You’ve trained extensively, focusing your mind and diet for months—so the last thing you want is to lose it all through an injury. Unfortunately, it’s a very real possibility; just look at David Haye, for example, who sustained an Achilles injury during his clash with Tony Bellew.
Boxers understand the importance of ensuring your body is working optimally. However, what many don’t realise is how even the smallest nutrients can play a huge role in reducing your risk and helping you recover from a sports injury as quickly as possible. Vitamin D supplement retailer Pharma Nord explains more about why you shouldn’t underestimate your nutrition.
The role of fatty acids
We can obtain omega 3 through by eating oily fish such as salmon, sardines, mackerel and herring. This essential fatty acid helps to protect against inflammation which plays a part in many injuries and can also slow recovery. It also has an important role in the body’s energy supply process and has been used to increase resistance to fatigue in athletes. Omega 3 also helps to keep joints and tissues well lubricated, which can prevent injury, as well as supporting a healthy immune system.
As a result, daily supplementation with a high-quality fish oil is recommended for most athletes. The omega 3 is derived from the flesh of the fish which is purer than oil from the liver.
We all know the importance of drinking enough water as part of a healthy balanced diet, including proteins, fats, carbohydrates, vitamins and minerals. Sometimes we forget to stay hydrated and this can leave us lacking energy. Water is an important medium to transport nutrients around our bodies and it’s also where metabolic reactions, essential for our bodies to function, take place. If joints or tissues are dehydrated they are more susceptible to tears and injury. We must consume a minimum of one litre of water from food and drink per day, with two litres being optimal.
Bone strength is important
Of the 206 bones in the human skeleton, there are over 200 individual joints connecting them. Physical activity can place enormous stress on our joints and bones and so it’s important to consider the nutrients that can strengthen them, particularly as we age.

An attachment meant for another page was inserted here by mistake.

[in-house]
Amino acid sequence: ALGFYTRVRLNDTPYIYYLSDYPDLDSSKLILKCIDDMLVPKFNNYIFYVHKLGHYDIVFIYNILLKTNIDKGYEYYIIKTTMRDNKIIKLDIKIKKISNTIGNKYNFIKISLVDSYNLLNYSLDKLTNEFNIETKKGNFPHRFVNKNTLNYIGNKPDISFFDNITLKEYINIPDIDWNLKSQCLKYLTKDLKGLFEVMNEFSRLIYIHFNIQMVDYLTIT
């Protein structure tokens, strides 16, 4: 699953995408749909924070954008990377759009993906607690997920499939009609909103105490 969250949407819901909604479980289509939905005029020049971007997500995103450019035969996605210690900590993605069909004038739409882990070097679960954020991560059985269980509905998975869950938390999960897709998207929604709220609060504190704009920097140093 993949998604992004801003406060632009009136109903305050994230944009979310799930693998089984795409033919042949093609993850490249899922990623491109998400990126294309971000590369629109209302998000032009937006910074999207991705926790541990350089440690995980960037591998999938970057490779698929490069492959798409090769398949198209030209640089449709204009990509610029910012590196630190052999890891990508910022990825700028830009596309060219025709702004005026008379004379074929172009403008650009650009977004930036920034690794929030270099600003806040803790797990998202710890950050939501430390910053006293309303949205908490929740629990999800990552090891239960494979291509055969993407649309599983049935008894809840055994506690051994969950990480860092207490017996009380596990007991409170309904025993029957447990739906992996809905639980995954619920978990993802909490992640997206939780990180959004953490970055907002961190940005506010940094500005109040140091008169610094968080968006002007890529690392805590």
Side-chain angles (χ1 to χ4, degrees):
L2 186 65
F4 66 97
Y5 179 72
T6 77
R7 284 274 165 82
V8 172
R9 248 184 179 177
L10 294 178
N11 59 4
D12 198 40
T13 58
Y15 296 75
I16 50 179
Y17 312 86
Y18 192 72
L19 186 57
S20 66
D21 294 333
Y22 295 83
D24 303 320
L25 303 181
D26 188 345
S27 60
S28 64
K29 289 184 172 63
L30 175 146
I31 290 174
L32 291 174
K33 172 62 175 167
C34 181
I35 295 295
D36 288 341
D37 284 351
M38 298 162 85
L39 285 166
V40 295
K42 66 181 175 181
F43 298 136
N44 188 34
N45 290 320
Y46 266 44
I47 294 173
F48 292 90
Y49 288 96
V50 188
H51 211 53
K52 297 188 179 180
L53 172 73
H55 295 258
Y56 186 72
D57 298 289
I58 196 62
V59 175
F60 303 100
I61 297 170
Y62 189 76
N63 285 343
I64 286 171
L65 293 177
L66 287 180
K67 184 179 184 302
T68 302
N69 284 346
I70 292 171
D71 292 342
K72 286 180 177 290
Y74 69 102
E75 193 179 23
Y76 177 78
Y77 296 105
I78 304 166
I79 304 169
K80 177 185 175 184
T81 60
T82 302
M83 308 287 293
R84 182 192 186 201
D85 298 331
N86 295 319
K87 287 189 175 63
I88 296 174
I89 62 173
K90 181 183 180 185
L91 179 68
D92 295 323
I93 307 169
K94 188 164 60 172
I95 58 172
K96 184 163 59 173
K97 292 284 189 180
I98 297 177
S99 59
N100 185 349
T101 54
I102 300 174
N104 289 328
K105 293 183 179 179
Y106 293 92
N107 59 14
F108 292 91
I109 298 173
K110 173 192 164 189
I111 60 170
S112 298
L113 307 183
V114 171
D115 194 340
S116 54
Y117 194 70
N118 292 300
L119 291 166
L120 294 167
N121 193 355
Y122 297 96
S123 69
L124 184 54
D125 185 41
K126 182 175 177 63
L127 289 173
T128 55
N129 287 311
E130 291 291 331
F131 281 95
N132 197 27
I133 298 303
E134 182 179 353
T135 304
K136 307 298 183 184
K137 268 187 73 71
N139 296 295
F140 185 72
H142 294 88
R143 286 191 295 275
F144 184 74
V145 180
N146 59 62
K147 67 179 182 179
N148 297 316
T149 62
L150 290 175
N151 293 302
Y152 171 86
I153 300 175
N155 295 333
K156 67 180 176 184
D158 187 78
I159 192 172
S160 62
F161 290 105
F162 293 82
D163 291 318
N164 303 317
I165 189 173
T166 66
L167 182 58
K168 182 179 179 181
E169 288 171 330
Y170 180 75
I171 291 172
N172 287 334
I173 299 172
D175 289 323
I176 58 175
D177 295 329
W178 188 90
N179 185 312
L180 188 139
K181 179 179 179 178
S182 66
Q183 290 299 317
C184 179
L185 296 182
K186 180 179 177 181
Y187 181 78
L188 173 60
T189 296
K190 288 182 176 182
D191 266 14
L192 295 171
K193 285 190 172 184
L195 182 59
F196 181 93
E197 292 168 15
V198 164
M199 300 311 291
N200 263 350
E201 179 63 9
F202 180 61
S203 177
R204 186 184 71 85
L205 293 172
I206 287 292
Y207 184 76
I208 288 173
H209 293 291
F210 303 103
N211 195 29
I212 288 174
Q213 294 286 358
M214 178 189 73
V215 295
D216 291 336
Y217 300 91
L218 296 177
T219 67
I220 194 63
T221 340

The structure and strength of our bones are largely dependent on us getting enough magnesium, either through our diet or by supplementation. Magnesium works together with calcium so it’s important to achieve the right balance of these minerals. Foods to add to your diet include beans, nuts and whole grains such as brown rice and whole wheat bread.
When supplementing magnesium, it’s wise to choose one with the hydroxide acetate and carbonate forms of magnesium as the body can best absorb this form. The recommended daily allowance (RDA) is 400mg/day.
Bio-Vitamin D3 aids the absorption of calcium, therefore playing a key role in bone health. Up to 50 per cent of adults in the UK are thought to be deficient in vitamin D3, which is also known as the ‘sunshine vitamin’, due to our limited exposure to sunlight.
The human body requires MSM and silica to protect joints. MSM is a naturally occurring sulphur which can be found in foods such as fresh fruit, vegetables and meat. Silica is found in plant derived foods like unrefined cereals and rice.
The core roles of both are forming joint tissues and bone mineralisation. However, these nutrients are readily lost from foods during food processing. Taking an MSM and silica supplement can help to reduce any joint pain and increase joint mobility too.
Strengthen muscles and boost energy levels
Strength is key for boxers, yet building muscle doesn’t come without soreness and fatigue. So, how can we protect our muscles from fatigue and ensure we have enough energy?
All cells require coenzyme Q10, a vitamin-like substance, to produce energy. Some can be found in food but most is produced within our bodies. The challenge is our natural Q10 levels decline from our mid-twenties, which can leave us and our muscles feeling tired and weak, increasing our chances of injury. Pharma Nord was the first company to introduce Q10 supplements to Europe more than 25 years ago, so if you’re in need of a top-up you could try Bio-Quinone Q10.
Eating a balanced diet that contains fresh fruit and vegetables, wholegrains, nuts and seeds is a good way to keep your energy levels up and to achieve your goals, injury free. Some nutrients, for example magnesium and coenzyme Q10, are depleted by intense physical exercise and so it’s important to think about what you may be deficient in, and to take supplements to overcome this.